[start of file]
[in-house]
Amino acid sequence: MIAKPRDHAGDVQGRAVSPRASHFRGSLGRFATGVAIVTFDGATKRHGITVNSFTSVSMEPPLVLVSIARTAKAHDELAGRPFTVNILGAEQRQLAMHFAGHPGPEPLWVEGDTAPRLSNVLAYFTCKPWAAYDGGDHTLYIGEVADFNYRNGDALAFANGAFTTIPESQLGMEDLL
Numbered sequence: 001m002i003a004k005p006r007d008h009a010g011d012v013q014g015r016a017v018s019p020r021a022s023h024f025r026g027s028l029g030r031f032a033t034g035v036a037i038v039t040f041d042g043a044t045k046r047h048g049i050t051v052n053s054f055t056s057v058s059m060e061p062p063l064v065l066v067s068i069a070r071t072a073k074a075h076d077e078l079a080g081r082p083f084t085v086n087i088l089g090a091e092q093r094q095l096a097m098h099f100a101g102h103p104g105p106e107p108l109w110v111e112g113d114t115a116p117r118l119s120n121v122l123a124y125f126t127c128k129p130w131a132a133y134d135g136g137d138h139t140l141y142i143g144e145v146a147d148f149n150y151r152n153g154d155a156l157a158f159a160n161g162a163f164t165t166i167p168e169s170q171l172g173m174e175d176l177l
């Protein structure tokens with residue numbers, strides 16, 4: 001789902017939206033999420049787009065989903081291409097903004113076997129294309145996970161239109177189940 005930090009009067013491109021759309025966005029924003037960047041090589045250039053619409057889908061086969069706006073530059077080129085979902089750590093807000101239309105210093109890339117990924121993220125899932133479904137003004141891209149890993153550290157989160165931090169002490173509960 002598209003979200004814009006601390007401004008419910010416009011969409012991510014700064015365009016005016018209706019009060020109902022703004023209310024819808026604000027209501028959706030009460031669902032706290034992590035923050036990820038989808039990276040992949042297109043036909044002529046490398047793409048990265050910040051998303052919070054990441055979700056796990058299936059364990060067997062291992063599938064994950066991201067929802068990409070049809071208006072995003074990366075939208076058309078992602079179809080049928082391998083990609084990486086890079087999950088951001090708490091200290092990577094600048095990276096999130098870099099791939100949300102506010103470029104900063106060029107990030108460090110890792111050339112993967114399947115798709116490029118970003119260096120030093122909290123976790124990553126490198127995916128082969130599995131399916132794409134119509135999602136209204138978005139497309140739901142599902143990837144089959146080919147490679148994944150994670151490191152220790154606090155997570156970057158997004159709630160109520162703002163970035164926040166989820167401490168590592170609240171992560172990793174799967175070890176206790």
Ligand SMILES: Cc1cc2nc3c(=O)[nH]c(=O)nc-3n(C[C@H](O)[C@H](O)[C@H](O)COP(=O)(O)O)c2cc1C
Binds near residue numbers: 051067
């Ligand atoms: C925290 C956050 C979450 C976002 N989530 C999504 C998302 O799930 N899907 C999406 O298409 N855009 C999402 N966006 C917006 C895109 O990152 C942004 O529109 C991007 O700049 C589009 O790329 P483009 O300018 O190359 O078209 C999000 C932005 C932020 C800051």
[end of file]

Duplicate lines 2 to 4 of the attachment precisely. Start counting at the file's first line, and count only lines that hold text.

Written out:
Amino acid sequence: MIAKPRDHAGDVQGRAVSPRASHFRGSLGRFATGVAIVTFDGATKRHGITVNSFTSVSMEPPLVLVSIARTAKAHDELAGRPFTVNILGAEQRQLAMHFAGHPGPEPLWVEGDTAPRLSNVLAYFTCKPWAAYDGGDHTLYIGEVADFNYRNGDALAFANGAFTTIPESQLGMEDLL
Numbered sequence: 001m002i003a004k005p006r007d008h009a010g011d012v013q014g015r016a017v018s019p020r021a022s023h024f025r026g027s028l029g030r031f032a033t034g035v036a037i038v039t040f041d042g043a044t045k046r047h048g049i050t051v052n053s054f055t056s057v058s059m060e061p062p063l064v065l066v067s068i069a070r071t072a073k074a075h076d077e078l079a080g081r082p083f084t085v086n087i088l089g090a091e092q093r094q095l096a097m098h099f100a101g102h103p104g105p106e107p108l109w110v111e112g113d114t115a116p117r118l119s120n121v122l123a124y125f126t127c128k129p130w131a132a133y134d135g136g137d138h139t140l141y142i143g144e145v146a147d148f149n150y151r152n153g154d155a156l157a158f159a160n161g162a163f164t165t166i167p168e169s170q171l172g173m174e175d176l177l
């Protein structure tokens with residue numbers, strides 16, 4: 001789902017939206033999420049787009065989903081291409097903004113076997129294309145996970161239109177189940 005930090009009067013491109021759309025966005029924003037960047041090589045250039053619409057889908061086969069706006073530059077080129085979902089750590093807000101239309105210093109890339117990924121993220125899932133479904137003004141891209149890993153550290157989160165931090169002490173509960 002598209003979200004814009006601390007401004008419910010416009011969409012991510014700064015365009016005016018209706019009060020109902022703004023209310024819808026604000027209501028959706030009460031669902032706290034992590035923050036990820038989808039990276040992949042297109043036909044002529046490398047793409048990265050910040051998303052919070054990441055979700056796990058299936059364990060067997062291992063599938064994950066991201067929802068990409070049809071208006072995003074990366075939208076058309078992602079179809080049928082391998083990609084990486086890079087999950088951001090708490091200290092990577094600048095990276096999130098870099099791939100949300102506010103470029104900063106060029107990030108460090110890792111050339112993967114399947115798709116490029118970003119260096120030093122909290123976790124990553126490198127995916128082969130599995131399916132794409134119509135999602136209204138978005139497309140739901142599902143990837144089959146080919147490679148994944150994670151490191152220790154606090155997570156970057158997004159709630160109520162703002163970035164926040166989820167401490168590592170609240171992560172990793174799967175070890176206790």